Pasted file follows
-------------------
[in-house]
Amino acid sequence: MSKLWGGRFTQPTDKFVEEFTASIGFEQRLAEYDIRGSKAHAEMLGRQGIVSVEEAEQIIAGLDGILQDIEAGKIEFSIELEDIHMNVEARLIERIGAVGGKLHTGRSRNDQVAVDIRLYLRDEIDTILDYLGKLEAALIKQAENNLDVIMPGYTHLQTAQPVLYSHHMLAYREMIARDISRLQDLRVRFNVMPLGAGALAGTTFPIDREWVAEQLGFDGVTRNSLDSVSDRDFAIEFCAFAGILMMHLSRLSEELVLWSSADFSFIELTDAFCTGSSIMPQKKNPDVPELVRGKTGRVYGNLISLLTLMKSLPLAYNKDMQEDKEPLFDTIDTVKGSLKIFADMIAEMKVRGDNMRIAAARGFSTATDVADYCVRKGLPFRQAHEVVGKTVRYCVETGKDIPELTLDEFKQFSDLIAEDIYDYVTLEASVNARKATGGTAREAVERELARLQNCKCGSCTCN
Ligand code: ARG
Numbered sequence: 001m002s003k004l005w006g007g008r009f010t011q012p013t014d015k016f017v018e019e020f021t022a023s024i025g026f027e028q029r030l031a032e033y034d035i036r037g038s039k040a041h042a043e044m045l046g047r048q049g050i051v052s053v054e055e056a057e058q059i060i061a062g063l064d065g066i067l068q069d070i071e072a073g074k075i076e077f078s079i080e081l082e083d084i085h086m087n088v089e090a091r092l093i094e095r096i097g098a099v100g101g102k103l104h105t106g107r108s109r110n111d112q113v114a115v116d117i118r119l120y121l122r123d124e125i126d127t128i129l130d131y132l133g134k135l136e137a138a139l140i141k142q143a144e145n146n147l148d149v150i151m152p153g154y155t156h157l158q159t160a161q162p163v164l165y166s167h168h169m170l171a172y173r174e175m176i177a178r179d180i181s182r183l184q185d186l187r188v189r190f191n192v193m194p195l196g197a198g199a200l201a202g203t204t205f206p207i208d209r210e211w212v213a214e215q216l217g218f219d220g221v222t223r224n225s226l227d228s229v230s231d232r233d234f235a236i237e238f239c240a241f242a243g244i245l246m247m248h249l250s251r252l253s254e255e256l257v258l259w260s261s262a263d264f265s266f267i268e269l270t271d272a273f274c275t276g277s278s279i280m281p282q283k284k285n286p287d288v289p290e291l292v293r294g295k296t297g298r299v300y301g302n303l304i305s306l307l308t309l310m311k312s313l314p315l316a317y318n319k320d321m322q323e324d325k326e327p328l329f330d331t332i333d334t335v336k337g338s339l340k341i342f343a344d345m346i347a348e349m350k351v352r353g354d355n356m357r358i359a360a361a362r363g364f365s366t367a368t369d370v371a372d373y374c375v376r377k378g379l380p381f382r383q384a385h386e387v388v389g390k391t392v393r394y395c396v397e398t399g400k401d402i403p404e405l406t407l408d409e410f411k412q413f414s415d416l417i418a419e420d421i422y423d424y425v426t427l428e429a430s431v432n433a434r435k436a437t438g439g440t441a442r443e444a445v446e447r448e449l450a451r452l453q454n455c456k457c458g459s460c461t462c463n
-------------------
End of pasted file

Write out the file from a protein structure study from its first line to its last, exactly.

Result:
[in-house]
Amino acid sequence: MSKLWGGRFTQPTDKFVEEFTASIGFEQRLAEYDIRGSKAHAEMLGRQGIVSVEEAEQIIAGLDGILQDIEAGKIEFSIELEDIHMNVEARLIERIGAVGGKLHTGRSRNDQVAVDIRLYLRDEIDTILDYLGKLEAALIKQAENNLDVIMPGYTHLQTAQPVLYSHHMLAYREMIARDISRLQDLRVRFNVMPLGAGALAGTTFPIDREWVAEQLGFDGVTRNSLDSVSDRDFAIEFCAFAGILMMHLSRLSEELVLWSSADFSFIELTDAFCTGSSIMPQKKNPDVPELVRGKTGRVYGNLISLLTLMKSLPLAYNKDMQEDKEPLFDTIDTVKGSLKIFADMIAEMKVRGDNMRIAAARGFSTATDVADYCVRKGLPFRQAHEVVGKTVRYCVETGKDIPELTLDEFKQFSDLIAEDIYDYVTLEASVNARKATGGTAREAVERELARLQNCKCGSCTCN
Ligand code: ARG
Numbered sequence: 001m002s003k004l005w006g007g008r009f010t011q012p013t014d015k016f017v018e019e020f021t022a023s024i025g026f027e028q029r030l031a032e033y034d035i036r037g038s039k040a041h042a043e044m045l046g047r048q049g050i051v052s053v054e055e056a057e058q059i060i061a062g063l064d065g066i067l068q069d070i071e072a073g074k075i076e077f078s079i080e081l082e083d084i085h086m087n088v089e090a091r092l093i094e095r096i097g098a099v100g101g102k103l104h105t106g107r108s109r110n111d112q113v114a115v116d117i118r119l120y121l122r123d124e125i126d127t128i129l130d131y132l133g134k135l136e137a138a139l140i141k142q143a144e145n146n147l148d149v150i151m152p153g154y155t156h157l158q159t160a161q162p163v164l165y166s167h168h169m170l171a172y173r174e175m176i177a178r179d180i181s182r183l184q185d186l187r188v189r190f191n192v193m194p195l196g197a198g199a200l201a202g203t204t205f206p207i208d209r210e211w212v213a214e215q216l217g218f219d220g221v222t223r224n225s226l227d228s229v230s231d232r233d234f235a236i237e238f239c240a241f242a243g244i245l246m247m248h249l250s251r252l253s254e255e256l257v258l259w260s261s262a263d264f265s266f267i268e269l270t271d272a273f274c275t276g277s278s279i280m281p282q283k284k285n286p287d288v289p290e291l292v293r294g295k296t297g298r299v300y301g302n303l304i305s306l307l308t309l310m311k312s313l314p315l316a317y318n319k320d321m322q323e324d325k326e327p328l329f330d331t332i333d334t335v336k337g338s339l340k341i342f343a344d345m346i347a348e349m350k351v352r353g354d355n356m357r358i359a360a361a362r363g364f365s366t367a368t369d370v371a372d373y374c375v376r377k378g379l380p381f382r383q384a385h386e387v388v389g390k391t392v393r394y395c396v397e398t399g400k401d402i403p404e405l406t407l408d409e410f411k412q413f414s415d416l417i418a419e420d421i422y423d424y425v426t427l428e429a430s431v432n433a434r435k436a437t438g439g440t441a442r443e444a445v446e447r448e449l450a451r452l453q454n455c456k457c458g459s460c461t462c463n